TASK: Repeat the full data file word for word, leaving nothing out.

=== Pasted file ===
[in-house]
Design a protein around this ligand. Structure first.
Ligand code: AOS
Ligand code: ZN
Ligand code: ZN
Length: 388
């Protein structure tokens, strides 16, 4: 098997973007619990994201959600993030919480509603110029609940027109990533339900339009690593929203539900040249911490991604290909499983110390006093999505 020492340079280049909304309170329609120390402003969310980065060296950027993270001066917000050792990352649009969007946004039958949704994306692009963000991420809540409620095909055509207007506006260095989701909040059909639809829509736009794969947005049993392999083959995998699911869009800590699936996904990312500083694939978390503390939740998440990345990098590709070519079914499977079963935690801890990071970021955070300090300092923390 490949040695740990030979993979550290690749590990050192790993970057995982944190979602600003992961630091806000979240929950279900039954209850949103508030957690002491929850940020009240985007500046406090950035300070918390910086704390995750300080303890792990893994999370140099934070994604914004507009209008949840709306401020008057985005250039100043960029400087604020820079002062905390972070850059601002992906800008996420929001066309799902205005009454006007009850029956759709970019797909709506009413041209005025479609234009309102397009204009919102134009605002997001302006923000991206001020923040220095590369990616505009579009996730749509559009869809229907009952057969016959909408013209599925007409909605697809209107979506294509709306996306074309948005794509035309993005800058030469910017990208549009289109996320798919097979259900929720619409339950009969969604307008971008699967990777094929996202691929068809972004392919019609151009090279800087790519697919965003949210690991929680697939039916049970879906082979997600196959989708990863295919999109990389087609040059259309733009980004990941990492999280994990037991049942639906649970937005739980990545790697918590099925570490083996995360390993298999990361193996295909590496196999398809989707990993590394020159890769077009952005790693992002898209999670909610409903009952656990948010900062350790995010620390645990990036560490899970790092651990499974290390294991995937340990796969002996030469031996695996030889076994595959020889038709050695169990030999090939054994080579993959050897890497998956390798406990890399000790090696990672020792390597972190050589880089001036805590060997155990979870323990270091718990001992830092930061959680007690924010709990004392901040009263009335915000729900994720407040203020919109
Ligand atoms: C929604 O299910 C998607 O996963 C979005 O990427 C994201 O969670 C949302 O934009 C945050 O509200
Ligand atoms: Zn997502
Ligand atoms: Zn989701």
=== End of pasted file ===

[in-house]
Design a protein around this ligand. Structure first.
Ligand code: AOS
Ligand code: ZN
Ligand code: ZN
Length: 388
């Protein structure tokens, strides 16, 4: 098997973007619990994201959600993030919480509603110029609940027109990533339900339009690593929203539900040249911490991604290909499983110390006093999505 020492340079280049909304309170329609120390402003969310980065060296950027993270001066917000050792990352649009969007946004039958949704994306692009963000991420809540409620095909055509207007506006260095989701909040059909639809829509736009794969947005049993392999083959995998699911869009800590699936996904990312500083694939978390503390939740998440990345990098590709070519079914499977079963935690801890990071970021955070300090300092923390 490949040695740990030979993979550290690749590990050192790993970057995982944190979602600003992961630091806000979240929950279900039954209850949103508030957690002491929850940020009240985007500046406090950035300070918390910086704390995750300080303890792990893994999370140099934070994604914004507009209008949840709306401020008057985005250039100043960029400087604020820079002062905390972070850059601002992906800008996420929001066309799902205005009454006007009850029956759709970019797909709506009413041209005025479609234009309102397009204009919102134009605002997001302006923000991206001020923040220095590369990616505009579009996730749509559009869809229907009952057969016959909408013209599925007409909605697809209107979506294509709306996306074309948005794509035309993005800058030469910017990208549009289109996320798919097979259900929720619409339950009969969604307008971008699967990777094929996202691929068809972004392919019609151009090279800087790519697919965003949210690991929680697939039916049970879906082979997600196959989708990863295919999109990389087609040059259309733009980004990941990492999280994990037991049942639906649970937005739980990545790697918590099925570490083996995360390993298999990361193996295909590496196999398809989707990993590394020159890769077009952005790693992002898209999670909610409903009952656990948010900062350790995010620390645990990036560490899970790092651990499974290390294991995937340990796969002996030469031996695996030889076994595959020889038709050695169990030999090939054994080579993959050897890497998956390798406990890399000790090696990672020792390597972190050589880089001036805590060997155990979870323990270091718990001992830092930061959680007690924010709990004392901040009263009335915000729900994720407040203020919109
Ligand atoms: C929604 O299910 C998607 O996963 C979005 O990427 C994201 O969670 C949302 O934009 C945050 O509200
Ligand atoms: Zn997502
Ligand atoms: Zn989701």